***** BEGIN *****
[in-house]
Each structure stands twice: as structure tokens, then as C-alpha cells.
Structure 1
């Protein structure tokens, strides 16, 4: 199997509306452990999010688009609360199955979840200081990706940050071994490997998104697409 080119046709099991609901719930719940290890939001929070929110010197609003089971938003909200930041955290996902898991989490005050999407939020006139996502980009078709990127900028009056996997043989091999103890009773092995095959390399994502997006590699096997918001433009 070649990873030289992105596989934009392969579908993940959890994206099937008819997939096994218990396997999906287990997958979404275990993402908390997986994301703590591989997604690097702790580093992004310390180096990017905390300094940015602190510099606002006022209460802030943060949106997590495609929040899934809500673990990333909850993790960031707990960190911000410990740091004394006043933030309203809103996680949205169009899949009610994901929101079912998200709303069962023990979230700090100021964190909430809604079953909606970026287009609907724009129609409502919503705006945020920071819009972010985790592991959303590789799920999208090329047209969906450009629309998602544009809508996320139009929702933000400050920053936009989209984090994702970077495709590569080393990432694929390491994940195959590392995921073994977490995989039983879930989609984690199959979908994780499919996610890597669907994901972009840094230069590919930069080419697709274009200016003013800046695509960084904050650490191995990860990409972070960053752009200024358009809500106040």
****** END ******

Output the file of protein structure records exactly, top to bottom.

[in-house]
Each structure stands twice: as structure tokens, then as C-alpha cells.
Structure 1
């Protein structure tokens, strides 16, 4: 199997509306452990999010688009609360199955979840200081990706940050071994490997998104697409 080119046709099991609901719930719940290890939001929070929110010197609003089971938003909200930041955290996902898991989490005050999407939020006139996502980009078709990127900028009056996997043989091999103890009773092995095959390399994502997006590699096997918001433009 070649990873030289992105596989934009392969579908993940959890994206099937008819997939096994218990396997999906287990997958979404275990993402908390997986994301703590591989997604690097702790580093992004310390180096990017905390300094940015602190510099606002006022209460802030943060949106997590495609929040899934809500673990990333909850993790960031707990960190911000410990740091004394006043933030309203809103996680949205169009899949009610994901929101079912998200709303069962023990979230700090100021964190909430809604079953909606970026287009609907724009129609409502919503705006945020920071819009972010985790592991959303590789799920999208090329047209969906450009629309998602544009809508996320139009929702933000400050920053936009989209984090994702970077495709590569080393990432694929390491994940195959590392995921073994977490995989039983879930989609984690199959979908994780499919996610890597669907994901972009840094230069590919930069080419697709274009200016003013800046695509960084904050650490191995990860990409972070960053752009200024358009809500106040």